A Power Orb In Pieces
Imagine you are a little robot that can carry objects around. You are flying along your merry way when suddenly you are plucked out of the sky and stuffed into a strange world. Not knowing what else to do, you start trying to find your way out.
This is the situation you find yourself in in Teotl Studios and Talawa Games new puzzle adventure game, Unmechanical. In the form of some recent games such as Limbo, you are left to your own devices to figure out what is going on and what you are supposed to be doing. There is no tutorial and no clues to a backstory , who you are, what you are doing there or where you are going. This is both a blessing and a curse, as you can both see that the developers were able to use a little more freedom in their puzzles and sit around in utter consternation at the fact that you just have no freaking idea what you are doing or why.
The gameplay is intriguing and fun. If the plot is not giving you enough to keep the momentum going, at least the sense of accomplishment you get from solving most of the puzzles will. You are some kind of robot that can pick things up and move them about, so you can imagine that most of the puzzles are about picking things up and moving them about. Despite this, there is quite a bit of disparity between puzzles. Some require good weight distribution, some require good timing, some require a perfect throw. Physics based puzzles are common, but you aren't going to get the "random luck" type of puzzles seen in some other recent games in this genre. Each one has a methodical solution that will work every time, even if the answer is not readily apparent.
The game does have a hint system built in, though you do get an achievement for not using it. The hint system involves hitting F1/Back (on a 360 controller), after which your robot will show a thought-bubble telling you what he is thinking. It's a clever way to give you some clues on what you are supposed to be doing, however I did find many situation in which the thought-bubble was either a question mark, or showed a hint to a part of the puzzle that I had already solved. This made the hint bubble somewhat useless each of the time I did use it, and the game can easily be completed without ever taking advantage of the hint system at all.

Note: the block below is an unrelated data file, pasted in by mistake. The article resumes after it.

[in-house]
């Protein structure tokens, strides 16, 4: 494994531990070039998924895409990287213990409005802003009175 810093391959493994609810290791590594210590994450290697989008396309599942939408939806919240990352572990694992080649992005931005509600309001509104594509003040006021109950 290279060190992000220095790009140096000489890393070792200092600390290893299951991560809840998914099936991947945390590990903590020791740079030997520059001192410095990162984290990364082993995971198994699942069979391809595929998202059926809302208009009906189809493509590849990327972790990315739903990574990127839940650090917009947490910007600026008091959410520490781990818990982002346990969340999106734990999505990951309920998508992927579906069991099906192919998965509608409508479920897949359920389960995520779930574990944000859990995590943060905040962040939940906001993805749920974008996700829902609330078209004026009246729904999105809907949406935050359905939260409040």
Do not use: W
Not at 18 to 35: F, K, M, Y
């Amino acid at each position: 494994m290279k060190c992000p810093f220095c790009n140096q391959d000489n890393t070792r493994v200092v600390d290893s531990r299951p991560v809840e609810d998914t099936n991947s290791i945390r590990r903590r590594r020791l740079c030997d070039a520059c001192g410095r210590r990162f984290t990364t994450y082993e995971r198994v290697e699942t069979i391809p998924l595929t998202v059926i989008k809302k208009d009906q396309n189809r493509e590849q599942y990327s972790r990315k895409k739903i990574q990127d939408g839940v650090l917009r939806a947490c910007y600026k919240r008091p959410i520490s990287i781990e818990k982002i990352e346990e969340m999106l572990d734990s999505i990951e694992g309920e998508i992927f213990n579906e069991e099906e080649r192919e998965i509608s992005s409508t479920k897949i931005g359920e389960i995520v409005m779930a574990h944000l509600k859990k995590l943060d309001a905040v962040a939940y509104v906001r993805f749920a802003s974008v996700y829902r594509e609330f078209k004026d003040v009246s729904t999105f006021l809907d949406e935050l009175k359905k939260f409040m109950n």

In terms of length, the game took me a little over 3 hours to complete. It's a decent amount of length for a puzzle adventure game, and progress is always to the point. You rarely find yourself floating through long hallways or caves where nothing is going on, instead you are consistently faced with some dilemma that you can solve. This does break up in a couple of instances where you have to go back to an area you were previously in to collect something to solve the puzzle you are currently working on or to progress to the next puzzle, but those instances are fortunately rare.
Things are not all rosy, though, the music is kind of boring and a few of the puzzles just feel repetitive since you are asked to do similar things in them. Also, about halfway through the game you get an upgrade for your robot but that never happens again. It would have been nice to see a few more of those. These issues don't really detract from the pace or entertainment value of the game, though. Another thing that would be really nice is if there were a way to restart each section of the game, starting a puzzle over or restarting a specific area would help you out in a few situations, though you are unlikely to ever actually get stuck.
Overall, the game is quite entertaining from beginning to end. You might take it for one more spin once you're done to pick up the last few achievements you might have missed, but replayability is low. You can easily finish the game in just over an hour after the first time you have completed it. Still, this is a great platform for some simple yet challenging puzzling and so hopefully Teotl and Talawa have some plans to expand it in the future.